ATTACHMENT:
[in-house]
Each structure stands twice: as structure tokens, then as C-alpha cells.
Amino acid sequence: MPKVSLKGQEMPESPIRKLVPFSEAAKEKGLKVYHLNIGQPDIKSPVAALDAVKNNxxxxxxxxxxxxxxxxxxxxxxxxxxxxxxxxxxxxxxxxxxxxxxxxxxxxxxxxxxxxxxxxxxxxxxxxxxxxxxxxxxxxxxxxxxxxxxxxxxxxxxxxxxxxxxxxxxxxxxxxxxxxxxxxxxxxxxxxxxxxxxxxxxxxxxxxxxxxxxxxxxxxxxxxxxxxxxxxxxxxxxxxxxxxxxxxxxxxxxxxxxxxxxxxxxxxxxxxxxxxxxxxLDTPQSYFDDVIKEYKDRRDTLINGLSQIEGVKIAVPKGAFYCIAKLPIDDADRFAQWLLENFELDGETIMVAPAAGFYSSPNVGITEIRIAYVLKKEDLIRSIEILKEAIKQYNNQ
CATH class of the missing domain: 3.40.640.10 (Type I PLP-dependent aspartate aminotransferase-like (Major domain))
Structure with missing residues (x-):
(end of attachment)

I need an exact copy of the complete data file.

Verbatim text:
[in-house]
Each structure stands twice: as structure tokens, then as C-alpha cells.
Amino acid sequence: MPKVSLKGQEMPESPIRKLVPFSEAAKEKGLKVYHLNIGQPDIKSPVAALDAVKNNxxxxxxxxxxxxxxxxxxxxxxxxxxxxxxxxxxxxxxxxxxxxxxxxxxxxxxxxxxxxxxxxxxxxxxxxxxxxxxxxxxxxxxxxxxxxxxxxxxxxxxxxxxxxxxxxxxxxxxxxxxxxxxxxxxxxxxxxxxxxxxxxxxxxxxxxxxxxxxxxxxxxxxxxxxxxxxxxxxxxxxxxxxxxxxxxxxxxxxxxxxxxxxxxxxxxxxxxxxxxxxxxLDTPQSYFDDVIKEYKDRRDTLINGLSQIEGVKIAVPKGAFYCIAKLPIDDADRFAQWLLENFELDGETIMVAPAAGFYSSPNVGITEIRIAYVLKKEDLIRSIEILKEAIKQYNNQ
CATH class of the missing domain: 3.40.640.10 (Type I PLP-dependent aspartate aminotransferase-like (Major domain))
Structure with missing residues (x-):